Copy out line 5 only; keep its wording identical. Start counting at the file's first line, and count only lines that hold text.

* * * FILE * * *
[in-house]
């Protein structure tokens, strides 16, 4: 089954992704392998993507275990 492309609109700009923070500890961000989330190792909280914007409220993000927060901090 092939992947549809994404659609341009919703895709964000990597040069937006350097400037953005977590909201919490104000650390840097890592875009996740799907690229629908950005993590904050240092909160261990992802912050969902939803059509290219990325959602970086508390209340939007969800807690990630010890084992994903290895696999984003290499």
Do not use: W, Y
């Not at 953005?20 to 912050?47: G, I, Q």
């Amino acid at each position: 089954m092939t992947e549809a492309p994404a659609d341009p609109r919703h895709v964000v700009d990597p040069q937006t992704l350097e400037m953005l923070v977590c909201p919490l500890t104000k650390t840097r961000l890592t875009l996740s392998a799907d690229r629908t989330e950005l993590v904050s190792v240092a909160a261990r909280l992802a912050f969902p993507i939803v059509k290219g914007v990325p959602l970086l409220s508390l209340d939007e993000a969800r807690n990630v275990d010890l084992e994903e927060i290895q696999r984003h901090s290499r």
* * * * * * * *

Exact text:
């Amino acid at each position: 089954m092939t992947e549809a492309p994404a659609d341009p609109r919703h895709v964000v700009d990597p040069q937006t992704l350097e400037m953005l923070v977590c909201p919490l500890t104000k650390t840097r961000l890592t875009l996740s392998a799907d690229r629908t989330e950005l993590v904050s190792v240092a909160a261990r909280l992802a912050f969902p993507i939803v059509k290219g914007v990325p959602l970086l409220s508390l209340d939007e993000a969800r807690n990630v275990d010890l084992e994903e927060i290895q696999r984003h901090s290499r």